<資料> 芸能社会と家元制度(下) : 流派における師弟関係 <Reports> A Study of Classical Arts and the "Iemoto"-Institution (II) : With Special Reference to the Relationship between Master and Apprentice
Secondly, the hierarchical organization of the school must be mentioned. Those apprentice families in which family rank and its hierarchical status come into question are very limited in number in the school. They are direct apprentices belonged to the main master family (<I>soke</I>), and constitute a ruling stratum in the school. There are called “shokubun”. Those who belonged to this category are as follows : <BR>1) Members of hereditary apprentice families of the main master which have been associated with him prior to Meiji Restoration, or kin of the main master family of the “Kanze” school.<BR>2) Those who entered the master family recently as private apprentices and, after a long period of apprenticeship, founded their own families. 3) Infrequently, those who are recognized as being of great merit by the master are raised from lower strata to this category.<BR>Most of those other than <I>shokubun</I> are “<I>shihan</I>”, and as they belong to <I>shokubun</I> families, they are twice subordinate, once to the main master and once to the <I>shokubnu</I>. A few of the <I>shihan</I> are intermediate in status between <I>shokubun</I> and <I>shihan</I>, as they may become <I>shokubun</I> in the future, and they are called “<I>quasi-shokubun</I>”. The main differences between these two strata are summarized as follows : <BR>1) The status of <I>shokubun</I> is formally recognized as hereditary, but <I>shihan</I>, as they are not recognized as formal apprentices of the master, have no such guarantee.<BR>2) The right to participate in the management of art performance of the Kanze school is only given to <I>shokubun</I> members. Thus, <I>shihan</I> have few opportunities to participate in performances held under the auspices of the main master family. 3) The right to communicate directly with the main master about the art is only given to <I>shokubun</I>. In case of requests for credentials and right to give performances, instruction in the arts and the utilization of <I>densho</I> (instruction codes), shihan must make these requests through the <I>shokubun</I> to which they belong. Thus, the <I>shihan</I> are extremely limited in their sphere of action and consequently are economically handicapped.<BR>The right to communicate directly with the main master is called “<I>Jikibuntsu</I>” (to communicate directly), and is a special privilege of <I>shokubun</I> in the school. For this reason <I>shokubun</I> has sometimes called “<I>Jikibuntsu</I>”. In this sense, <I>shihan</I> are “out-siders” as regards access to the main master.<BR>Finally, the problem of the master-apprentice relationship among the members of the school must be treated. As the hierarchical structure suggests, the whole school is composed of the many master-apprentice groups centered around the main master family and <I>shokubun</I> families. Then, to understand the structure and group characteristics of the school, the individual masterapprentice relationships must be understood. In each master-apprentice group, two types of apprenticeship can be distinguished.<BR>1) One is that of those who entered the master's family in early childhood as “living-in” private apprentices and, after long apprenticeship, became independent. They are the so-called “<I>kogai</I>”.<BR>2) The other is that of those who started their art career in adulthood as “amatures” and received their training as “kayoideshi” (living-outapprentice). They are called “<I>chunen-mono</I>”.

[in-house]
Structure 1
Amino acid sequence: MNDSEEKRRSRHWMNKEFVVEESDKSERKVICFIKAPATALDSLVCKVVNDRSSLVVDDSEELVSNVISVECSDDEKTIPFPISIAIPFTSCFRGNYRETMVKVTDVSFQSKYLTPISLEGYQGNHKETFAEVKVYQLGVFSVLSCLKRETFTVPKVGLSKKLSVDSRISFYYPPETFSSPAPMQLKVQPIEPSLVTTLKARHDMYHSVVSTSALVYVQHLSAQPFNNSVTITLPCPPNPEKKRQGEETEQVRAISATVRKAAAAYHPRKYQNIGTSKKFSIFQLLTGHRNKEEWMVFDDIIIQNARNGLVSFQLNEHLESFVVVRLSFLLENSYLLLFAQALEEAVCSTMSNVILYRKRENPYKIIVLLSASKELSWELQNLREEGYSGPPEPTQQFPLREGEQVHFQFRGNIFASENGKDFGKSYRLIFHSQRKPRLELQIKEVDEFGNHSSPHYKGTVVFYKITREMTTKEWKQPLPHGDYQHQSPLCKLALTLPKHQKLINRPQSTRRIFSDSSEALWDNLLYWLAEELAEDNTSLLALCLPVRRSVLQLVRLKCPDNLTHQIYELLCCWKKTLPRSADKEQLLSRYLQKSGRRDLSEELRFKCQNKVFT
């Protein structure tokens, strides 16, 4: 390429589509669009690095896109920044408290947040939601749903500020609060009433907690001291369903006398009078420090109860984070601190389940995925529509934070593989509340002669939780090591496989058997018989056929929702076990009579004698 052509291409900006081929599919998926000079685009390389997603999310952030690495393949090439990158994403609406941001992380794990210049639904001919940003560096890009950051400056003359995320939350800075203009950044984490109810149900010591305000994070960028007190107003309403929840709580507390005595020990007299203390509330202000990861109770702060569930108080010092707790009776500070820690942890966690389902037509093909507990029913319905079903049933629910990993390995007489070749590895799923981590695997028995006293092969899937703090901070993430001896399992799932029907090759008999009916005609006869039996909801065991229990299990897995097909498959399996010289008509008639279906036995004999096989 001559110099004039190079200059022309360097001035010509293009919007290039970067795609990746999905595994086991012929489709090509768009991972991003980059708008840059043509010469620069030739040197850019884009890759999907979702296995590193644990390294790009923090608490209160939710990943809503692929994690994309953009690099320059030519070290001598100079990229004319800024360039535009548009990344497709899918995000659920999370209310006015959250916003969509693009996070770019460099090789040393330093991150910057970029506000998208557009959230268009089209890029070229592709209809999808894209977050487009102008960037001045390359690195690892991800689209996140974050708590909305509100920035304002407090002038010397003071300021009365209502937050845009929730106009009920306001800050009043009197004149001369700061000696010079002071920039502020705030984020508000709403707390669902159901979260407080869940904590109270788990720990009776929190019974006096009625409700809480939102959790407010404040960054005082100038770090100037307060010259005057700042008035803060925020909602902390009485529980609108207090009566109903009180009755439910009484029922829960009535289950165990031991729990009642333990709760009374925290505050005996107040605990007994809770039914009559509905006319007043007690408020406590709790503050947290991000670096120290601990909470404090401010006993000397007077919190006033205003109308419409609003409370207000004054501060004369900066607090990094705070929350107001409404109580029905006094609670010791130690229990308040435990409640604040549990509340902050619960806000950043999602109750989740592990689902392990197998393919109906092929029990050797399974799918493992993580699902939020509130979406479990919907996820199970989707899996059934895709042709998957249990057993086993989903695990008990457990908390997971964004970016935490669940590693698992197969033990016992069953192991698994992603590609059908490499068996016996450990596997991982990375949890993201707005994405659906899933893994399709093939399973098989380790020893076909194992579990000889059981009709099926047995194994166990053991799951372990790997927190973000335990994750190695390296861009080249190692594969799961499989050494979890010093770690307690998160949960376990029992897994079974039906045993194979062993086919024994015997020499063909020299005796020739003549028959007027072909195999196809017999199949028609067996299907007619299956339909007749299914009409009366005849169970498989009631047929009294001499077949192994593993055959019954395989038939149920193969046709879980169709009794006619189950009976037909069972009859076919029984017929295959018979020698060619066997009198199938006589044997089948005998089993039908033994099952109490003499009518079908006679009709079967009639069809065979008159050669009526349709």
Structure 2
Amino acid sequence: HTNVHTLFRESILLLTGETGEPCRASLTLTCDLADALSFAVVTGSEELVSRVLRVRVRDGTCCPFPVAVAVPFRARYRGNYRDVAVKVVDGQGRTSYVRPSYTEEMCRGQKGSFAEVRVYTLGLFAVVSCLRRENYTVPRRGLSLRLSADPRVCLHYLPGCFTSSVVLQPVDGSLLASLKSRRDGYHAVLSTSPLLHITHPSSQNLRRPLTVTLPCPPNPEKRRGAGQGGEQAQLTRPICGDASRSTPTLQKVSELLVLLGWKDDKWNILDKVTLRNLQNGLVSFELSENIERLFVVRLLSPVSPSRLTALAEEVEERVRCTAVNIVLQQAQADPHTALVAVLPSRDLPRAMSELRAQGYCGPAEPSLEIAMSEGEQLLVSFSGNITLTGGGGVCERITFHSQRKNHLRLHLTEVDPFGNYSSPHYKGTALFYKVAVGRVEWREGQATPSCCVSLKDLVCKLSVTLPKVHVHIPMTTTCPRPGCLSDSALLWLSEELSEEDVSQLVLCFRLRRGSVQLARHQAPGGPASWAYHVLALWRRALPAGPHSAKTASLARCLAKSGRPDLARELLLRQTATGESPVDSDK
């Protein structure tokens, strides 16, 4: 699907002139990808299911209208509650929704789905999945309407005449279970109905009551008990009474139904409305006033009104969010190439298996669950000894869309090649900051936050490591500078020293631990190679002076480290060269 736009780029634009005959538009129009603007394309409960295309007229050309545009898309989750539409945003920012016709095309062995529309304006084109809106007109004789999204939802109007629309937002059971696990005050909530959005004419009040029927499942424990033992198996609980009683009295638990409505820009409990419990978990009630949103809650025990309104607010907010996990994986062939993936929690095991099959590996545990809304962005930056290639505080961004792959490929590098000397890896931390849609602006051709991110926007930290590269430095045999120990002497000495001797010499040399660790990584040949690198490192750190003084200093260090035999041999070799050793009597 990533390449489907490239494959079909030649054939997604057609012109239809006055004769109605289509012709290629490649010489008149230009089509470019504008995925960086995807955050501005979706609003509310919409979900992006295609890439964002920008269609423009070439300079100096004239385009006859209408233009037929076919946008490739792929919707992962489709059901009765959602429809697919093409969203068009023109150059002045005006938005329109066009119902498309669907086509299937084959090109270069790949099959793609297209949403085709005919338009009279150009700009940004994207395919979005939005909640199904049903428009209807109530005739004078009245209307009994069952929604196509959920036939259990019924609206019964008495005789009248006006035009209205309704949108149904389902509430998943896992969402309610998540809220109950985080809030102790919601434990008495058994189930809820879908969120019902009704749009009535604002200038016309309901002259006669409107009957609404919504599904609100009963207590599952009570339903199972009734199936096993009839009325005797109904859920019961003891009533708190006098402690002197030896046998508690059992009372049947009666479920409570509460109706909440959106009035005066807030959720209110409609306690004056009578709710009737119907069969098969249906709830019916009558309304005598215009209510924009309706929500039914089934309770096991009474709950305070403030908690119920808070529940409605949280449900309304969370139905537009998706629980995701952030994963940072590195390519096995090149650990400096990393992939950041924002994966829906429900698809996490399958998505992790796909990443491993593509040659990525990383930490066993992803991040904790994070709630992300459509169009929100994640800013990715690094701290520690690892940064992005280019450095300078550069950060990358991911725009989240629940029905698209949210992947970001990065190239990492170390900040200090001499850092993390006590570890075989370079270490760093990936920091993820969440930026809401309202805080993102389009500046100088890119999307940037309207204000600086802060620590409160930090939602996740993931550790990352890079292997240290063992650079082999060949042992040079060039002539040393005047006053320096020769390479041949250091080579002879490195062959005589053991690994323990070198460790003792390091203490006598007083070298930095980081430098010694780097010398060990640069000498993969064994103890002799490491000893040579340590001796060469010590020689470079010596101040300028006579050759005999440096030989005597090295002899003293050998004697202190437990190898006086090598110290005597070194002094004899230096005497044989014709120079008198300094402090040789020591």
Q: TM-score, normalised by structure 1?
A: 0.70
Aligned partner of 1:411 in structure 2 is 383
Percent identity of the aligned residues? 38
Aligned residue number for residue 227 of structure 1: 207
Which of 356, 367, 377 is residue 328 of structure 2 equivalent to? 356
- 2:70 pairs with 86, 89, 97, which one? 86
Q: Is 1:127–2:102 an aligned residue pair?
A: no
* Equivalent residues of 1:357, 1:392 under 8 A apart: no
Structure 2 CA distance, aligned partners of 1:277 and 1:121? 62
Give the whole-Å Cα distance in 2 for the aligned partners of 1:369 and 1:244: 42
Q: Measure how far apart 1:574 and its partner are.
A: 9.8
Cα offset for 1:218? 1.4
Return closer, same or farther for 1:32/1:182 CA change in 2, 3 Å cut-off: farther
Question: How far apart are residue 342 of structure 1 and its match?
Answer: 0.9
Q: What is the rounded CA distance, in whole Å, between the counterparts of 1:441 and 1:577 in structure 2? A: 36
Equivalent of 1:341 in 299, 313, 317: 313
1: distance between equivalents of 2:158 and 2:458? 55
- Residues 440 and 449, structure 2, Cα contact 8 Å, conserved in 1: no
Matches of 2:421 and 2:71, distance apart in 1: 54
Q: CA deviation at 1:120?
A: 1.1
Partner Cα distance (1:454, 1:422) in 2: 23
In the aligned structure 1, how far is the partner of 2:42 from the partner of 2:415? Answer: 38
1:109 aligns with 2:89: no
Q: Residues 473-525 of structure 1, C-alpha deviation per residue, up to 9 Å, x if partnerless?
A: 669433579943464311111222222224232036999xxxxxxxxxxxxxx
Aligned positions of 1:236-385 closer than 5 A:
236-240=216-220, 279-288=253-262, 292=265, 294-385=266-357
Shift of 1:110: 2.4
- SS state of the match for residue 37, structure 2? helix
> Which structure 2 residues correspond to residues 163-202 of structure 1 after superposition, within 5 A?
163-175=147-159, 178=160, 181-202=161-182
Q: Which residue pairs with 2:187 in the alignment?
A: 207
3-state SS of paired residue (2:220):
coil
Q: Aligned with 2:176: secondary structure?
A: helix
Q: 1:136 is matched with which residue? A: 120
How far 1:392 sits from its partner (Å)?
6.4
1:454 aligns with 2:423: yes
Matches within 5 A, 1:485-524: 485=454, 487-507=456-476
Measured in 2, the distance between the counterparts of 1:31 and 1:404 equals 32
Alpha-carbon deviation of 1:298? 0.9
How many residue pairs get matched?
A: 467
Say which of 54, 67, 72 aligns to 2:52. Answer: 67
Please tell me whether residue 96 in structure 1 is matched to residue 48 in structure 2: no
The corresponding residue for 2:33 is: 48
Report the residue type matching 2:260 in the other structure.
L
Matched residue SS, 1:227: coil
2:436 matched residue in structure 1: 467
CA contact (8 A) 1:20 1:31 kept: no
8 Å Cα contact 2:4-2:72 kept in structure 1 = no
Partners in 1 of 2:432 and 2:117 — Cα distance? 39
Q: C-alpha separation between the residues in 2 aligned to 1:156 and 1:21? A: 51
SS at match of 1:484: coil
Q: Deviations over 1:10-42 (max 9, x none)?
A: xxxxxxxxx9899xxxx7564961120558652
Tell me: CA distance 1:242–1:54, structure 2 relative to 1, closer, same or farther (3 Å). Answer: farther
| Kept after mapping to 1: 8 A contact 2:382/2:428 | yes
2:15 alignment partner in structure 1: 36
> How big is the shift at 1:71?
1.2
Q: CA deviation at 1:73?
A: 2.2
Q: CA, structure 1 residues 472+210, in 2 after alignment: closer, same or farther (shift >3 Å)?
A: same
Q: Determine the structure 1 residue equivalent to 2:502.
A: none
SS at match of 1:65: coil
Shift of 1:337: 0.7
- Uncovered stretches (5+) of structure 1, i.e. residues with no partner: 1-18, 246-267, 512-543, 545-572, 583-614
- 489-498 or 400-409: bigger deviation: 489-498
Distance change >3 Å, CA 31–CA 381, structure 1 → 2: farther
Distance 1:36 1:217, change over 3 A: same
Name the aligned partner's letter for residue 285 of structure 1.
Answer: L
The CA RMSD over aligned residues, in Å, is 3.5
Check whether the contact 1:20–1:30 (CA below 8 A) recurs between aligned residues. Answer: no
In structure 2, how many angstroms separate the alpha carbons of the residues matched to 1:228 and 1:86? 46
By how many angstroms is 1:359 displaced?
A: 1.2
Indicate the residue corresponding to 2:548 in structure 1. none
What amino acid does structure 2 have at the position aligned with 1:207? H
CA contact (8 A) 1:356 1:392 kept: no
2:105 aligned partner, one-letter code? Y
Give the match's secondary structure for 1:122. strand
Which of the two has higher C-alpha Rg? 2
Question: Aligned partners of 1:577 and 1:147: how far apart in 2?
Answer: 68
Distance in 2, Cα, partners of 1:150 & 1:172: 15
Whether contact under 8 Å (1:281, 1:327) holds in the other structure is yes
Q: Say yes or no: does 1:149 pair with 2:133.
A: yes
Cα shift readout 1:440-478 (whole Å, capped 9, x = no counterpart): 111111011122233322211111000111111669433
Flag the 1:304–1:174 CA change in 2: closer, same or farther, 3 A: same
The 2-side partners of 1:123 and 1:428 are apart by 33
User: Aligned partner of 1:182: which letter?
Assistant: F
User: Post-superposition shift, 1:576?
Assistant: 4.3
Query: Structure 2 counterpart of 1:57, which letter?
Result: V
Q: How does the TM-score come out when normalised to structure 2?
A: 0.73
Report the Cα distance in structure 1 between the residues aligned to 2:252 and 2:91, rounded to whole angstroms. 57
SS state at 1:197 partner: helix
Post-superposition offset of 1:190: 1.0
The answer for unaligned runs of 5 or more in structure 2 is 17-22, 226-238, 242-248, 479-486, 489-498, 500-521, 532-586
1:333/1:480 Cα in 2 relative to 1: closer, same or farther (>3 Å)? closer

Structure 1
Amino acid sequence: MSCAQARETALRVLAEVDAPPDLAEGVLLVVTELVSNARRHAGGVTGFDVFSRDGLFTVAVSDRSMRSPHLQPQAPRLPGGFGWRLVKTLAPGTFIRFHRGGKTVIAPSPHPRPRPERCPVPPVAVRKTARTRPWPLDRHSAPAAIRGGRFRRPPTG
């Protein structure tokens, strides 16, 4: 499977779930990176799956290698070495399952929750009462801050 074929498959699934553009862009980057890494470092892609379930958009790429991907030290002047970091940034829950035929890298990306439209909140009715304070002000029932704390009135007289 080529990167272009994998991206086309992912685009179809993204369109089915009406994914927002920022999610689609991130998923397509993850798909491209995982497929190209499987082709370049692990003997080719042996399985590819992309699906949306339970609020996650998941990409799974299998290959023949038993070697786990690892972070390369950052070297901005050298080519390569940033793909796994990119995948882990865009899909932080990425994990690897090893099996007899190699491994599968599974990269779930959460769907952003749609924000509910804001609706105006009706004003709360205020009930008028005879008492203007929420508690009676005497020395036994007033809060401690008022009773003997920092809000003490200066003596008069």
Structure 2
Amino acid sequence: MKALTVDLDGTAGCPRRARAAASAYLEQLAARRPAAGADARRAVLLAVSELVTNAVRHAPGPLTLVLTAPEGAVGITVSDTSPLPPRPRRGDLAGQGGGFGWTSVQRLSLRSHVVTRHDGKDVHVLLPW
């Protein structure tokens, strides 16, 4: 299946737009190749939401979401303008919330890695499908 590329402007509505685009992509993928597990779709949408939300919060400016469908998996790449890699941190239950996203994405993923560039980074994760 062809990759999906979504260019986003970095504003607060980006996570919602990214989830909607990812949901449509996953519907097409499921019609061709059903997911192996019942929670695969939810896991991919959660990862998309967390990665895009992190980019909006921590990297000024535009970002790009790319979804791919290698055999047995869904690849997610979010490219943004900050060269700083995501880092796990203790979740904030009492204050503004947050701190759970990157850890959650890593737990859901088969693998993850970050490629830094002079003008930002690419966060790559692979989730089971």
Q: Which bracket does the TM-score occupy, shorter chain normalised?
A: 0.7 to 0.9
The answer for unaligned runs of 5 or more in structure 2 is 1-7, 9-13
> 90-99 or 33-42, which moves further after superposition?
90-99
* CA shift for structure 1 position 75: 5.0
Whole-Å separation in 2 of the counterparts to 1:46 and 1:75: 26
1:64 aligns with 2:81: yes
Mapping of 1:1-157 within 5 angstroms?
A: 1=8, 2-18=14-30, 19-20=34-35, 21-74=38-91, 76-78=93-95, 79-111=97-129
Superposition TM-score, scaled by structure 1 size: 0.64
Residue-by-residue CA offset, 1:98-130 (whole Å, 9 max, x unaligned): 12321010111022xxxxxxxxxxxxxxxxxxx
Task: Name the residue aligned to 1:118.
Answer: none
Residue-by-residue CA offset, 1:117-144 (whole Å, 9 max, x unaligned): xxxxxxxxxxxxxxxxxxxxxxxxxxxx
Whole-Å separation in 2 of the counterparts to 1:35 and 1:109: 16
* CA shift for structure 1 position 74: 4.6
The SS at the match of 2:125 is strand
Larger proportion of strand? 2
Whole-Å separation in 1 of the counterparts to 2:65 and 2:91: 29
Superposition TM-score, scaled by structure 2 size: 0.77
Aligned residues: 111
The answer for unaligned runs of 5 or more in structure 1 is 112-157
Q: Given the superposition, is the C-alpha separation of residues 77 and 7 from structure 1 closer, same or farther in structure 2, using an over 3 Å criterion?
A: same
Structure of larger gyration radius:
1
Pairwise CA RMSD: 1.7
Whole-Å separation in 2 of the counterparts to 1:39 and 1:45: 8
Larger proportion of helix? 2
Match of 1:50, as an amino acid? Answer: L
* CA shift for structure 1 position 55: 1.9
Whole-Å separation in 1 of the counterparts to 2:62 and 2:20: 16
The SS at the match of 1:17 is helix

社会学評論 4(1/2), 101-134, 1954-01-30